Letters

Letters 08-29-2016

Religious Bigotry President Obama has been roundly criticized for his apparent unwillingness to use the term “radical Islamic terrorism.” His critics seem to suggest that through the mere use of that terminology, the defeat of ISIS would be assured...

TC DDA: Focus On Your Mission What on earth is the Traverse City DDA thinking? Purchasing land around (not within) its TIF boundaries and then offering it at a discount to developers? That is not its mission. Sadly enough, it is already falling down on the job regarding what is its mission. Crosswalks are deteriorating all around downtown, trees aren’t trimmed, sidewalks are uneven. Why can’t the DDA do a better job of maintaining what it already has? And still no public restrooms downtown, despite all the tax dollars captured since 1997. What a joke...

European-Americans Are Boring “20 Fascinating People” in northern Michigan -- and every single one is European-American? Sorry, but this is journalistically incorrect. It’s easy for editors to assign and reporters to write stories about people who are already within their personal and professional networks. It’s harder to dig up stuff about people you don’t know and have never met. Harder is better...

Be Aware Of Lawsuit While most non-Indians were sleep walking, local Odawa leaders filed a lawsuit seeking to potentially have most of Emmet County and part of Charlevoix County declared within their reservation and thus under their jurisdiction. This assertion of jurisdiction is embedded in their recently constructed constitution as documentation of their intent...

More Parking Headaches I have another comment to make about downtown TC parking following Pat Sullivan’s recent article. My hubby and I parked in a handicap spot (with a meter) behind Mackinaw Brew Pub for lunch. The handicap spot happens to be 8-10 spaces away from the payment center. Now isn’t that interesting...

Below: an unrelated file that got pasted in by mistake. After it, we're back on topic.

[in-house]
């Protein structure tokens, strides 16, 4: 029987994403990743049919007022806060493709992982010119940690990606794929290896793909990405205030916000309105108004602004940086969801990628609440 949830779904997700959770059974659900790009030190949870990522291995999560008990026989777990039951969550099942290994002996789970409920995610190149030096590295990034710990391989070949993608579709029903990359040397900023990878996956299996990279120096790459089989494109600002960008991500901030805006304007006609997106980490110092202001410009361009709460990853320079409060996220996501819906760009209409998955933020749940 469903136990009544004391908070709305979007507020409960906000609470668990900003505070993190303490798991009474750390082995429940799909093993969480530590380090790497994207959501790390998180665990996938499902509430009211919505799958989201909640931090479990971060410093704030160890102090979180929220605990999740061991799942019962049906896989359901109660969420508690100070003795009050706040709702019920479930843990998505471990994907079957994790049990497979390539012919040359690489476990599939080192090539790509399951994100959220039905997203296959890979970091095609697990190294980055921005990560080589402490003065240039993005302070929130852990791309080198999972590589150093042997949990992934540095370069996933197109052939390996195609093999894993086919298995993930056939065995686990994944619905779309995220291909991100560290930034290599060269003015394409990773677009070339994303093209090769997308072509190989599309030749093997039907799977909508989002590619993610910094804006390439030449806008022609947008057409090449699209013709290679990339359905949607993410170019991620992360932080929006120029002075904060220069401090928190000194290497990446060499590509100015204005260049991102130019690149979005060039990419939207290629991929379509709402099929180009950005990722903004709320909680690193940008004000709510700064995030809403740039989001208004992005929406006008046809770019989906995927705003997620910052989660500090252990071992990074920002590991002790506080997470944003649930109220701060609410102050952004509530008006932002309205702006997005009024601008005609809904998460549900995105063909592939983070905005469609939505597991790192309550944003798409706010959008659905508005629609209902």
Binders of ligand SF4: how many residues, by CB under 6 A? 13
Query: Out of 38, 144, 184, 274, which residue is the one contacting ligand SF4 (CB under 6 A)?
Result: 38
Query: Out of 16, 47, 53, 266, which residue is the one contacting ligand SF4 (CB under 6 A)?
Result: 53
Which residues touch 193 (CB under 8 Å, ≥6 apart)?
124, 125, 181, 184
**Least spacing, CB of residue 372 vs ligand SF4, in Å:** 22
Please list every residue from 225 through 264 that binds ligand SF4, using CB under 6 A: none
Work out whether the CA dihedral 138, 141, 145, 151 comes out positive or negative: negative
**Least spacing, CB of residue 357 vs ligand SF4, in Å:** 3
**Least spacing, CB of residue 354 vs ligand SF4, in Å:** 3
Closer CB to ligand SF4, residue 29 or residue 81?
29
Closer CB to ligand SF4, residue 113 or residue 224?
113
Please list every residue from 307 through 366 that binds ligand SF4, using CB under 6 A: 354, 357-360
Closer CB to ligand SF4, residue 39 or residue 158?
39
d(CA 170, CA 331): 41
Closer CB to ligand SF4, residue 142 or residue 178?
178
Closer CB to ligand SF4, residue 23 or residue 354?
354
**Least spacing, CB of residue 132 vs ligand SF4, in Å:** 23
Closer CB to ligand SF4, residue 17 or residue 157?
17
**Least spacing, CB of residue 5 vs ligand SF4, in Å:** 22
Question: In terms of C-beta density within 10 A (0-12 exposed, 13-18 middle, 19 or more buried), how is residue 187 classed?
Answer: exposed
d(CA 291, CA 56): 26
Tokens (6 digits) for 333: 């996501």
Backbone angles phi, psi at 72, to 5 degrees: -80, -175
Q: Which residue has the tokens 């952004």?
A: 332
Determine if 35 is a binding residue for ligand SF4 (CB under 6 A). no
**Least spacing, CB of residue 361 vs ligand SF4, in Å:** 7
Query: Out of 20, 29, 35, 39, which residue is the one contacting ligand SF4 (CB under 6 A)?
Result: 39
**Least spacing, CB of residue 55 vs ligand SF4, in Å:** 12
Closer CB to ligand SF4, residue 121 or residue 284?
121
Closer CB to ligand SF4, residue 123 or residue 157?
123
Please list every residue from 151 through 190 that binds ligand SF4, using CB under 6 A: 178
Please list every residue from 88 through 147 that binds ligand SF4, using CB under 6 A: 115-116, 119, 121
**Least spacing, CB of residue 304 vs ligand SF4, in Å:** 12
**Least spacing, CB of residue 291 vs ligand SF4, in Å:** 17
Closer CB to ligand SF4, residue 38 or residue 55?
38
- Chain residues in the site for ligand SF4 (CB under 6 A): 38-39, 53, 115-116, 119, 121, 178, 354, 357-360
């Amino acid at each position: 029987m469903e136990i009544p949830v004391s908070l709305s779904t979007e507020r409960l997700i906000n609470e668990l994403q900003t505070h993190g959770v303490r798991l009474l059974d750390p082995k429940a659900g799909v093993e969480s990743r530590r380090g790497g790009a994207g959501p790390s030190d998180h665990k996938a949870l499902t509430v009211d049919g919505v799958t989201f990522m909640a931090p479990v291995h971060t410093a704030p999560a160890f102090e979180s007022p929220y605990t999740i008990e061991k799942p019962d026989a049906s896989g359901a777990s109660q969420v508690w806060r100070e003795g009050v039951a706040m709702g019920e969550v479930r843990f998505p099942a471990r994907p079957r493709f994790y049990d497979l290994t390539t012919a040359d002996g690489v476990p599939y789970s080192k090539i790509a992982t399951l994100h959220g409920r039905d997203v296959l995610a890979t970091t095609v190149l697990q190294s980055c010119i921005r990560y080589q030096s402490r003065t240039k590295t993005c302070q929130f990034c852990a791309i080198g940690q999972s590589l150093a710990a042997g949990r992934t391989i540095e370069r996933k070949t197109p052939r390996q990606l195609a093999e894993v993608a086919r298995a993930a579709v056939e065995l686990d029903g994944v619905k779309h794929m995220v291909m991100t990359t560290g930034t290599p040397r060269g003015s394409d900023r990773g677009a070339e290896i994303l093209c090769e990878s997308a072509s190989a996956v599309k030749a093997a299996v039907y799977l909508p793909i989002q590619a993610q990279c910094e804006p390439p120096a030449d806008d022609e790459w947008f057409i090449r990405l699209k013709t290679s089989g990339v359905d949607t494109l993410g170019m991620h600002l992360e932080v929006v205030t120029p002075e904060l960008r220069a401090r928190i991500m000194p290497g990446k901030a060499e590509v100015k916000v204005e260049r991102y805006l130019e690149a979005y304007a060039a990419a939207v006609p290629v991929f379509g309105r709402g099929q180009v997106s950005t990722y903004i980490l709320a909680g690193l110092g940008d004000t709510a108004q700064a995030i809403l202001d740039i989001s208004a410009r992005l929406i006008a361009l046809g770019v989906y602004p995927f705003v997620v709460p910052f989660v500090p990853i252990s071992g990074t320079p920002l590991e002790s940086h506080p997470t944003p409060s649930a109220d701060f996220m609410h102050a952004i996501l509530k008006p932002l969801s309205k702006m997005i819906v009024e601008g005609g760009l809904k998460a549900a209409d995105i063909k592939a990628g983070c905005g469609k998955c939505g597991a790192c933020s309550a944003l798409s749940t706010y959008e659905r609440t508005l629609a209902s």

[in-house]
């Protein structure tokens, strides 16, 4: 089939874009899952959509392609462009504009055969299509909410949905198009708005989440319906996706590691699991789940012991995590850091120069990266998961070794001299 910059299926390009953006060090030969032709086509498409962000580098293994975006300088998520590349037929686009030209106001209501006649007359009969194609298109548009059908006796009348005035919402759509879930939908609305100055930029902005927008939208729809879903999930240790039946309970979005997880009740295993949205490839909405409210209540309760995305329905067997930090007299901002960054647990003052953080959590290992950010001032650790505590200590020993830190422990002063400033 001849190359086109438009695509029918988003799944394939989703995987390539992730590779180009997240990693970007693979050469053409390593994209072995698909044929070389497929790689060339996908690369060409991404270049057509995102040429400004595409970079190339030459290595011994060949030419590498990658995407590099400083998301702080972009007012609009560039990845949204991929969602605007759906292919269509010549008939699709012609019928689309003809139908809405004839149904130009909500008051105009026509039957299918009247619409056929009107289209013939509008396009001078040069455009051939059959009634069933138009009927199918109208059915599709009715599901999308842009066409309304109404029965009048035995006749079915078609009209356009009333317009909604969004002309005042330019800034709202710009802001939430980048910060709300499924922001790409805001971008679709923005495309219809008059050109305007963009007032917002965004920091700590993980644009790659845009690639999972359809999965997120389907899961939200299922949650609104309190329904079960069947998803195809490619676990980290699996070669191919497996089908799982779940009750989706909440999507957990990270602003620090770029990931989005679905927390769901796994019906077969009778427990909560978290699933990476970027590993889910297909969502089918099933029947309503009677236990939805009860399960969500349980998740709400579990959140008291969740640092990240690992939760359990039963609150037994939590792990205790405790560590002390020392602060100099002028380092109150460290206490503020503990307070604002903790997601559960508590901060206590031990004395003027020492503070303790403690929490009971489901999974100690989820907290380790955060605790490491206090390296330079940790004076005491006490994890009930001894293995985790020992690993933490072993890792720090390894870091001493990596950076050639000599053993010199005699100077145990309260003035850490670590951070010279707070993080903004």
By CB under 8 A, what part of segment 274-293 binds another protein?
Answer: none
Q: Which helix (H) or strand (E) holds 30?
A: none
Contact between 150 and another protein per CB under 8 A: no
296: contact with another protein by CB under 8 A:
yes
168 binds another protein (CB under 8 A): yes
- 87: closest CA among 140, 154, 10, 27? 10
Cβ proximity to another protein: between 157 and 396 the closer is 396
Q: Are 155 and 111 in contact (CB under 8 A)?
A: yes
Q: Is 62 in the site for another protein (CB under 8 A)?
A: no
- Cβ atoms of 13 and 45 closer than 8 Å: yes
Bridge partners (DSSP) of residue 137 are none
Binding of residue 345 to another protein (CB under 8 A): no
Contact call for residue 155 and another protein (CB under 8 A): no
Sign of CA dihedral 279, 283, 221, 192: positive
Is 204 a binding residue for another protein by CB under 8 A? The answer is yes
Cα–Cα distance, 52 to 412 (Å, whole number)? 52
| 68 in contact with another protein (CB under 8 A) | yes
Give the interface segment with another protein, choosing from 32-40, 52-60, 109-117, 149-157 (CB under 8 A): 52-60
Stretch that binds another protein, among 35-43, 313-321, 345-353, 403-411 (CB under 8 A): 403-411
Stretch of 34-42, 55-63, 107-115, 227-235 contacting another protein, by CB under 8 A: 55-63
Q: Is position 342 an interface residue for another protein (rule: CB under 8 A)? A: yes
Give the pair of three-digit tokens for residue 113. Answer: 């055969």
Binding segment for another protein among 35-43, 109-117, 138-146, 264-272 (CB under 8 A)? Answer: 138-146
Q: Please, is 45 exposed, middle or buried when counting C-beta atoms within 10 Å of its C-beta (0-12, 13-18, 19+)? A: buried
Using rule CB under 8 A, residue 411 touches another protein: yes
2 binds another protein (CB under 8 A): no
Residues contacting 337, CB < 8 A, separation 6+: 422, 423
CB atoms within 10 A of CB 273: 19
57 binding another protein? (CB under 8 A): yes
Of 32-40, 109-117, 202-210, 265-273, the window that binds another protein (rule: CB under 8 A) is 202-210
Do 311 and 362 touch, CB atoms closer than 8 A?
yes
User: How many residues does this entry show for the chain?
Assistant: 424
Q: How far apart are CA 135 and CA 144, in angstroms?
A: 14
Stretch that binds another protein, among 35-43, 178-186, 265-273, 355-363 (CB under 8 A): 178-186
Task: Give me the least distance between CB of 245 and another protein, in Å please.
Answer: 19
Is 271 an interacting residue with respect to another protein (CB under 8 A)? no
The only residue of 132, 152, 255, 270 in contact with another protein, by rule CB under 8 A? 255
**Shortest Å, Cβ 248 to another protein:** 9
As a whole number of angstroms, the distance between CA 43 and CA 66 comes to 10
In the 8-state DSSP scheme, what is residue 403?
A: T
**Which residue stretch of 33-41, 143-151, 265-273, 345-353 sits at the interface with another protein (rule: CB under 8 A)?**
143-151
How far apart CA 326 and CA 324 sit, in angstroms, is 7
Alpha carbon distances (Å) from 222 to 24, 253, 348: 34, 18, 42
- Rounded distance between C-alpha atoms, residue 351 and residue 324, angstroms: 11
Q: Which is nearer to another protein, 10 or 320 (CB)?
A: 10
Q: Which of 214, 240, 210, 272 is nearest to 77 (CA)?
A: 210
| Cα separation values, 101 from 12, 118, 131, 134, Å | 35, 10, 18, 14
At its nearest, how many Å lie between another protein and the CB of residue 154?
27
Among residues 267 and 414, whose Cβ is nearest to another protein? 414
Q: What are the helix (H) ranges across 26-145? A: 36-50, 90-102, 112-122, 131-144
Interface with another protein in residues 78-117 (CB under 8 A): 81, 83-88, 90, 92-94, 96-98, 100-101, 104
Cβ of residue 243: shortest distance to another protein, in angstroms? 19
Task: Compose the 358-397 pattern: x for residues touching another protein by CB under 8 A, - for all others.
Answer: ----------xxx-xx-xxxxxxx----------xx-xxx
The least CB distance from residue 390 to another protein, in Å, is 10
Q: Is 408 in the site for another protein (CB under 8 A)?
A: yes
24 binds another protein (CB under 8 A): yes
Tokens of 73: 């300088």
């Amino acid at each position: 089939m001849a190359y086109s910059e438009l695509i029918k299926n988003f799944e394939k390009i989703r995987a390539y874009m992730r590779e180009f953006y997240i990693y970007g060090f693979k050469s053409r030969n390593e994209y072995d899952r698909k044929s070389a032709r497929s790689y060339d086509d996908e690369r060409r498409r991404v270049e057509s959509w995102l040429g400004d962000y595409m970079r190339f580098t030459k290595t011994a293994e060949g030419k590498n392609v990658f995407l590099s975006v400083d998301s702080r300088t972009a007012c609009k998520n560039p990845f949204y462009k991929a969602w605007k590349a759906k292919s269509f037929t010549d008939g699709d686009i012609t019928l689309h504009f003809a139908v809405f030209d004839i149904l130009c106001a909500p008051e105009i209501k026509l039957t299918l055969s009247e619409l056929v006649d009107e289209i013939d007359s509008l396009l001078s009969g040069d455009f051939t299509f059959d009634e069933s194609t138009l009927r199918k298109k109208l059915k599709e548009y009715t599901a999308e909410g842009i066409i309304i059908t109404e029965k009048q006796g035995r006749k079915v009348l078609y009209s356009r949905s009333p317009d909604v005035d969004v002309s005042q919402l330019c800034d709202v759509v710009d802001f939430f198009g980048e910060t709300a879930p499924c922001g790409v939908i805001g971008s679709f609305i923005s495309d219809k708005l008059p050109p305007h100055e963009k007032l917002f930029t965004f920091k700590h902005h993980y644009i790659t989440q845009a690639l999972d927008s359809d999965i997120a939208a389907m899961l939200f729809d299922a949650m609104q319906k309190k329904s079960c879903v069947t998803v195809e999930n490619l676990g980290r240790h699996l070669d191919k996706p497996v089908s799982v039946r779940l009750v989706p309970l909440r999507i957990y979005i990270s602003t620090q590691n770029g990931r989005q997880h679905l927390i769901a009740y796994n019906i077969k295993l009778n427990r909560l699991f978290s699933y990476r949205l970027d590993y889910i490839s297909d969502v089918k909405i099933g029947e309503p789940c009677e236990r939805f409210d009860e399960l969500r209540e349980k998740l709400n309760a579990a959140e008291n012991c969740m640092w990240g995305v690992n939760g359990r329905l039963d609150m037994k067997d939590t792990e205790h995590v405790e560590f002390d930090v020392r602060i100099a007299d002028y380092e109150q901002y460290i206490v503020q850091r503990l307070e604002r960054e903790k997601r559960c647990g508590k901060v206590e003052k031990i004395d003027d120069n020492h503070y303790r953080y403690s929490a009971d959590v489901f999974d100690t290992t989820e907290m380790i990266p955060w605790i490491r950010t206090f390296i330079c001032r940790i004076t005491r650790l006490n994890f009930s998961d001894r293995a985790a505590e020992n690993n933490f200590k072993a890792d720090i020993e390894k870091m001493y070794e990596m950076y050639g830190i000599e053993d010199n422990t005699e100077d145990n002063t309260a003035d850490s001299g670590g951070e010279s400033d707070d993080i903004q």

Demand Change At Women’s Resource Center Change is needed for the Women’s Resource Center for the Grand Traverse Area (WRCGT). As Patrick Sullivan pointed out in his article, former employees and supporters don’t like the direction WRCGT has taken. As former employees, we are downright terrified at the direction Juliette Schultz and Ralph Soffredine have led the organization...

Home · Articles · News · Music · Rally for one
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Rally for one

Kelsey Lauer - September 7th, 2009
Rally for One
California band returns to TC for album release

By Kelsey Lauer 9/7/09

Although their families have known each other for years, Traverse City natives Marty Sage and Blake O’Brien had no idea they would end up starting a band out in California together two years ago.
“When I first met (Blake), I thought he was kind of obnoxious and ridiculous,” Sage says with a laugh. “It’s kind of crazy that now we are friends -- I’m just joking.”
“Our moms and sisters were good friends, so that’s kind of how the whole thing started,” O’Brien adds. “We joined the Young Americans and (there) we met two other guys in the group who wanted to start a band. It started out as a fun thing and turned into now what we do for a living.”
With Sage as bassist, O’Brien as rhythm guitarist, Brett Maline on lead guitar and John Humphries on drums -- all four sing -- the pop-rock band Rally For One took off like a shot.
Now, the members of Rally for One are headed back to Traverse City for two separate shows on Sept. 12 at Union Street Station and Sept. 13 at InsideOut Gallery, respectively, to kick off their fourth national tour and celebrate the release of their new album, Four Sides to Everything.
“The end of August through the end of October, so two months straight, we will be touring and doing a little under 30 shows all around the States,” O’Brien says. We’re doing the East Coast, the South; we’ll be all the way up in Rhode Island. New York City, Chicago, Oklahoma City, Orlando.”